Going with the grain
Wednesday, August 28, 2013
Gary Leake’s earliest memory is one that quite literally shaped the rest of his life.
In his recollection, he is about five years old, and his grandfather—a cabinetmaker like his father before him—is patiently teaching him how to use a lathe.
“I loved the smell and touch of the various woods, and even the sawdust,” Leake says. “After he died, I inherited many of his hand tools—planes, saws, chisels—and his bedpost lathe. I am reminded of him anytime I use any of his tools.”
Although Leake has made good use his grandfather’s various tools of the trade, for many years it was only on a part-time basis—among other things, on projects such as the rocking chair he designed for his wife Sandy when she was pregnant with their first son 35 years ago.
Fifteen years ago, Leake and his spouse quit their respective careers and he began to work with wood on a full-time basis. They moved their shop from Burien to Coupeville in 2000, and Leake says since then he’s been happily restoring old pieces, repairing damaged pieces and creating new works, which is his true passion.
Leake will be on hand to answer questions about his craft—and sell a selection of pieces he’s made—during the 10th annual Woodpalooza happening Aug. 31-Sept. 2 at Langley’s Whidbey Island Center for the Arts.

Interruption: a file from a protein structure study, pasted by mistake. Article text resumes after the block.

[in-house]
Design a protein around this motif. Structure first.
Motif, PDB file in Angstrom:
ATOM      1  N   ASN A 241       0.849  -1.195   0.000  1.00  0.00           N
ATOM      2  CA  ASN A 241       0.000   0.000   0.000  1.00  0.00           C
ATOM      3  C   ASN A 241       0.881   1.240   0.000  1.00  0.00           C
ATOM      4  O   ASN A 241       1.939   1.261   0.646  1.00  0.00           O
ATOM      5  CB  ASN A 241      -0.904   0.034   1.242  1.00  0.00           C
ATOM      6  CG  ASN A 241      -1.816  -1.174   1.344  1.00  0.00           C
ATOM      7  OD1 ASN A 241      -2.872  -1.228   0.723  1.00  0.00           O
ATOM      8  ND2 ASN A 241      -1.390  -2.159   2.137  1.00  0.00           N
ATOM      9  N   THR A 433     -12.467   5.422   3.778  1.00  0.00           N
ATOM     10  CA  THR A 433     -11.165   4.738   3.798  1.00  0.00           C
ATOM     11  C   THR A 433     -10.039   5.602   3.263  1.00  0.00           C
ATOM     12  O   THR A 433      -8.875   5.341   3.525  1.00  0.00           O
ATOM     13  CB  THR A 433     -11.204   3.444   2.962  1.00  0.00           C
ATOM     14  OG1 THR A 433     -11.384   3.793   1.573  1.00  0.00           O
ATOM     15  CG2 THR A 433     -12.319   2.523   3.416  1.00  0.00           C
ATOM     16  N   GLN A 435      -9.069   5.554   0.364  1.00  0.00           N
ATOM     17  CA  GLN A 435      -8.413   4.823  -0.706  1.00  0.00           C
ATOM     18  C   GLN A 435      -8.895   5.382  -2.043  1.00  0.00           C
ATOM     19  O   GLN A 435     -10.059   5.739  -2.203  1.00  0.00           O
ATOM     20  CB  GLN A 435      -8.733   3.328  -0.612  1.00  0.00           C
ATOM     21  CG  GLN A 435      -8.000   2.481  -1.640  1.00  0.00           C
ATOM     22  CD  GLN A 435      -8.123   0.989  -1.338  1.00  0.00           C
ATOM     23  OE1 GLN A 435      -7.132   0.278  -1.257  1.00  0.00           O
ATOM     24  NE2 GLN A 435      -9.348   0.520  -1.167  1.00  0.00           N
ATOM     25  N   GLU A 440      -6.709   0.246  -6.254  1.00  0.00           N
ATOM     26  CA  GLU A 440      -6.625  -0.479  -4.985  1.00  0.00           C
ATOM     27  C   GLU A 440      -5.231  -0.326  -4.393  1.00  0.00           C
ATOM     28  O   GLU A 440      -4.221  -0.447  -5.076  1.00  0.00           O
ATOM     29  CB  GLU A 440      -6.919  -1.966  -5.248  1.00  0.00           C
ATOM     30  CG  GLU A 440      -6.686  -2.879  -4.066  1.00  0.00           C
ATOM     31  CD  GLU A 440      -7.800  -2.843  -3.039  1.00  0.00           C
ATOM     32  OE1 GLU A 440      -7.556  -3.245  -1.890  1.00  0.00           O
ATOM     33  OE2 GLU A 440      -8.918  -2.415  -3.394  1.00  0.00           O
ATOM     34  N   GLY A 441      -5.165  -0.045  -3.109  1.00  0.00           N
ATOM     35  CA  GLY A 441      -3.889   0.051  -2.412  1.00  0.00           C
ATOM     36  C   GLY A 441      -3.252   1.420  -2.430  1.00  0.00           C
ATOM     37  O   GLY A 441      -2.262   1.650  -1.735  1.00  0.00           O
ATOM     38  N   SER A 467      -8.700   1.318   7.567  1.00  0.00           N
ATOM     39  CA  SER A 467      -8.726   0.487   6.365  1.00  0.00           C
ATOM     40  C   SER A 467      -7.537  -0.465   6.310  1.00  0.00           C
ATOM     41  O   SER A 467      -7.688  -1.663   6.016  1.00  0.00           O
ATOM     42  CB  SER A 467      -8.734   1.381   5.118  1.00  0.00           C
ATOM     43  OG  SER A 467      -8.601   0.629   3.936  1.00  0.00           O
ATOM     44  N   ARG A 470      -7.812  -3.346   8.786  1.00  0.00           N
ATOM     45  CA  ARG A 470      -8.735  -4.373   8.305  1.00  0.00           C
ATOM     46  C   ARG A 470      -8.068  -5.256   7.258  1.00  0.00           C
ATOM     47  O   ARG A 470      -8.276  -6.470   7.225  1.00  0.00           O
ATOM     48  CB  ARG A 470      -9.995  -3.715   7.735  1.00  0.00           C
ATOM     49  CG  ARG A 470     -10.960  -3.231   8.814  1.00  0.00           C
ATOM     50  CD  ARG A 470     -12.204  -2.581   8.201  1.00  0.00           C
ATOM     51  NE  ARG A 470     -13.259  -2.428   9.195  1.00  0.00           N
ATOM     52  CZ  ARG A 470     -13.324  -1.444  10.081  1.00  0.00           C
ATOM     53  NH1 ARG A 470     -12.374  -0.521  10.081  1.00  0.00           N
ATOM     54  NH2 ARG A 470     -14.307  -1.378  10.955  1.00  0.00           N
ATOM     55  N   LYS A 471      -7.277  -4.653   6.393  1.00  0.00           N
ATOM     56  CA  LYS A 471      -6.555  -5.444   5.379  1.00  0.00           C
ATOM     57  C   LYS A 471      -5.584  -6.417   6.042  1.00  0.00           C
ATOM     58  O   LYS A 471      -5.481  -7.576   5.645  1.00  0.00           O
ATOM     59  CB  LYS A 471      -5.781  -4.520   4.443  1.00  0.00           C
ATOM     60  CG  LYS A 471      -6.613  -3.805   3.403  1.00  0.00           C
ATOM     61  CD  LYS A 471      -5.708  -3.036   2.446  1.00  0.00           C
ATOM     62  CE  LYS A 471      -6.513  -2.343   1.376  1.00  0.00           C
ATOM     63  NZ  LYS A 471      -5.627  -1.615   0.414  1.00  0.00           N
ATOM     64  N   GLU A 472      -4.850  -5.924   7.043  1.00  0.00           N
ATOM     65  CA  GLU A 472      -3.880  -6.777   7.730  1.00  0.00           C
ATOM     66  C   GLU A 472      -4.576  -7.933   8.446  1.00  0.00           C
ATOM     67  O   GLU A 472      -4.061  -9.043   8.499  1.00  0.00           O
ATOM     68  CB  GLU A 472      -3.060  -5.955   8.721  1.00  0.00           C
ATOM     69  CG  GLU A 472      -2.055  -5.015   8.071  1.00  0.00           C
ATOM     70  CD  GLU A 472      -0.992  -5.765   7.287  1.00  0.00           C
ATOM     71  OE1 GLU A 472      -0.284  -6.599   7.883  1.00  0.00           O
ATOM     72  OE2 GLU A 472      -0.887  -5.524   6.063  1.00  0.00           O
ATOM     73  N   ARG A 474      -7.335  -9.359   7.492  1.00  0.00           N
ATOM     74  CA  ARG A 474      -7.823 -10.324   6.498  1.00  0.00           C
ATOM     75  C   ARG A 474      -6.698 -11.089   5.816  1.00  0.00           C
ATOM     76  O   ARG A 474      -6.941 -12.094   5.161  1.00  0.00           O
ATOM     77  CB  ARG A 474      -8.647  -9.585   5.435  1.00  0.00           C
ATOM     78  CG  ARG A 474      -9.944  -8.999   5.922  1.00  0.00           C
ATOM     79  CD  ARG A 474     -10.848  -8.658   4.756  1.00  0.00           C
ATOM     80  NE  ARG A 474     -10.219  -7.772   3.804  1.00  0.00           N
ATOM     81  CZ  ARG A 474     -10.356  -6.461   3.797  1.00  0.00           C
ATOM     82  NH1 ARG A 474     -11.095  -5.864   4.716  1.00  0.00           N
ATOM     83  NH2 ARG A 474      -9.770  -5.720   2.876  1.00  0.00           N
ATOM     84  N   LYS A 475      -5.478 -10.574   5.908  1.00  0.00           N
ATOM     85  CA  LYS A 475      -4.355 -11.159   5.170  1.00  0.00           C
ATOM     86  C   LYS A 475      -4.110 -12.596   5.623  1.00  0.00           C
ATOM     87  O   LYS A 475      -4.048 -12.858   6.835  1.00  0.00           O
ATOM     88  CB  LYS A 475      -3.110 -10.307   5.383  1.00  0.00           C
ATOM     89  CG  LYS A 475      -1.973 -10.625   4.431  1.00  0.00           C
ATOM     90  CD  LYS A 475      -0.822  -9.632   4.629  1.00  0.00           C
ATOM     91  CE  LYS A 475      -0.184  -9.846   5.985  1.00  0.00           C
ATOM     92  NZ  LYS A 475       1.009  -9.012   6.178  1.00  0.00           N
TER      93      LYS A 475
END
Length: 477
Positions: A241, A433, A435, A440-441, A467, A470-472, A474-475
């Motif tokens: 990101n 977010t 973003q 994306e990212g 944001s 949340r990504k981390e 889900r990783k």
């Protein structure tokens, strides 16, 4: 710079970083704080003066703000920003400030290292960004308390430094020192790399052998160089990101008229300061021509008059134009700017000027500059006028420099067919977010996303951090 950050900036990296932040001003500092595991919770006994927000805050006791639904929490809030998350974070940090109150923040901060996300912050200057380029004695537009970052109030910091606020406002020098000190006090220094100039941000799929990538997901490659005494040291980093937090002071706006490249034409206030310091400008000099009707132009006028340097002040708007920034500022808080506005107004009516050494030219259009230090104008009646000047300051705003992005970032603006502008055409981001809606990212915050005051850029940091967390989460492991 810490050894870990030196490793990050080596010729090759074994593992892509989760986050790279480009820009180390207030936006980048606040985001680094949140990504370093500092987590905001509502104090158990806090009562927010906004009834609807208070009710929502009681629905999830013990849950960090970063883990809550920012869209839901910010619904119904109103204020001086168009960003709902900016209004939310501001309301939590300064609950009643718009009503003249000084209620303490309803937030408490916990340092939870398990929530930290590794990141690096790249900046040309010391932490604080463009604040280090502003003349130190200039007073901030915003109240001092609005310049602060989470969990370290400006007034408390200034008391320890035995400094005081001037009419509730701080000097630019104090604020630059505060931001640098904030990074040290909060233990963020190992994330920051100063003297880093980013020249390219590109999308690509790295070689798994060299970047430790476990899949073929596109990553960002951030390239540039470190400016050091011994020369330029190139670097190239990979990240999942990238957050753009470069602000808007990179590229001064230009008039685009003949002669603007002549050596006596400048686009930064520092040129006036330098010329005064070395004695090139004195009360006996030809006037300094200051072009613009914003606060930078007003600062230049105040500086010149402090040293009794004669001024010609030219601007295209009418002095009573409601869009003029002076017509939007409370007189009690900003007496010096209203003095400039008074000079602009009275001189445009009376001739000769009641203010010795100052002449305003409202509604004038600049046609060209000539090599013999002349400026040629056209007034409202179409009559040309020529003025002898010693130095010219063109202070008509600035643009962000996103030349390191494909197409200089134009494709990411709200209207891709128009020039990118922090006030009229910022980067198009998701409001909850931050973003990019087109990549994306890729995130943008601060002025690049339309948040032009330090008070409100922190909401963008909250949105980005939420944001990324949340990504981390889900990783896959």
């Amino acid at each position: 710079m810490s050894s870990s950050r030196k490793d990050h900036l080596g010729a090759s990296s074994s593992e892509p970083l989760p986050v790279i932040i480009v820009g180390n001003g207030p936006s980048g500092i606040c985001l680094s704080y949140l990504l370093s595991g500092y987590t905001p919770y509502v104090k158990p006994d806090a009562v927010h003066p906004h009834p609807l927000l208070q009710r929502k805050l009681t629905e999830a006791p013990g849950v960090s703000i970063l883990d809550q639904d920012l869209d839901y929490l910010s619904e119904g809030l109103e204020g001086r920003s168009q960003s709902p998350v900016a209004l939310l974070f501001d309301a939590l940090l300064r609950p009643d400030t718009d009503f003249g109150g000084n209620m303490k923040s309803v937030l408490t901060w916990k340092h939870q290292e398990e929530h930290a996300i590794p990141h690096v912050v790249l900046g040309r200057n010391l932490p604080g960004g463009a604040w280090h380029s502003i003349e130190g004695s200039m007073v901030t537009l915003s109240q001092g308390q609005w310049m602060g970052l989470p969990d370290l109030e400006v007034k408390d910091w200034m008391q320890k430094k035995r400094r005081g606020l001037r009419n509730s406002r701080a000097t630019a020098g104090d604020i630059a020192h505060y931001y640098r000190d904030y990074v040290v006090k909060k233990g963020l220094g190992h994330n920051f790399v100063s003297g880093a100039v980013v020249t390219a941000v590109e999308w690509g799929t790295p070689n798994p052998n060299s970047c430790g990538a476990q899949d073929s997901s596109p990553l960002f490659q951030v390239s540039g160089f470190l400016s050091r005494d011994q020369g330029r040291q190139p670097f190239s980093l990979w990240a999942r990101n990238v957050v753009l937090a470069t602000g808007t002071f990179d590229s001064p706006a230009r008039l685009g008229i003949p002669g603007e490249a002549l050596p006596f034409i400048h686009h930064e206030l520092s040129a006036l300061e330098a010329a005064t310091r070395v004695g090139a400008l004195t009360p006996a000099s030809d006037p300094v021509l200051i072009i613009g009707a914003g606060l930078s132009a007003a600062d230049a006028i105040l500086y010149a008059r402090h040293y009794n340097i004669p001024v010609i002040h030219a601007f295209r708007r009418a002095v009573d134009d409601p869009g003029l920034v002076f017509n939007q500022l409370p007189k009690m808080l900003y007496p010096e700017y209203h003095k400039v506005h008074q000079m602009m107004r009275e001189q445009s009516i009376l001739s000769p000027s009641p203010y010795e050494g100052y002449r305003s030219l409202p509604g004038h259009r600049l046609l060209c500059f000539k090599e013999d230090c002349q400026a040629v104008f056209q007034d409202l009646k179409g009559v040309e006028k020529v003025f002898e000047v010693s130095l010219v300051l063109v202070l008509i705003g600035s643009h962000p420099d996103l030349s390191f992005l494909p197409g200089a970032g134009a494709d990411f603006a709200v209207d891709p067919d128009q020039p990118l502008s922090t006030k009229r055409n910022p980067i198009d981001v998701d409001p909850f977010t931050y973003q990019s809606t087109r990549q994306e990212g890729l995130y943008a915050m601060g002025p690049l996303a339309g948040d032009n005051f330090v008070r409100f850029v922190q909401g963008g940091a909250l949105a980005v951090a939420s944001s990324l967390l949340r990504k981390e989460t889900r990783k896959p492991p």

As one of the many furniture-makers, sculptors and custom designers who’ll be sharing their works at the annual event, Leake says he’s thrilled to be part of the Whidbey Island Woodworkers Guild, and hopes people will show their support for the artisans who are involved in one of Earth’s oldest professions.
He also wants people to remember the world of wood is a varied one.
“Unfortunately, many people’s view of wood is limited to two-by-fours, kitchen cabinets and furniture that comes in a box with a wrench to assemble,” Leake says. “Five minutes at the Woodpalooza exhibition immediately broadens their horizons. Many visitors come away with a renewed sense of taking up their hobby; beginning a woodworking hobby/business; or hopefully supporting the arts by purchasing one of the many pieces on display.”
Eventually, some of those people may even be part of the Woodworkers Guild, which Leake says has been an invaluable experience for him. In addition to being able to share stories and knowledge with other woodworkers, Leake says members visit each other’s shops, discuss issues such as pricing and insurance, refer work and collaborate on larger projects none of the individual shops could singularly perform.
Which brings us to the question: Why does Whidbey Island have so many talented artisans who use wood as their medium?
Leake’s answer? “I think the natural beauty of Whidbey tends to draw folks who appreciate the grain, feel and smell of the wood timbers that we wish to give a second, and continued, life to through our work.”
And, while he enjoys collaborating with his peers, Leake notes his artistic process is typically a solitary one. He says some pieces begin to form from the moment he sees a particular piece of wood, while others pieces must wait their turn.
“Every now and then I visit these solitary planks so patiently waiting for their time,” he says. “And one day I’m either listening better or the wood is speaking louder, and suddenly the inspiration becomes vivid for what would best honor the nature of the timber. Unfortunately, some pieces have been waiting decades for their chance.”
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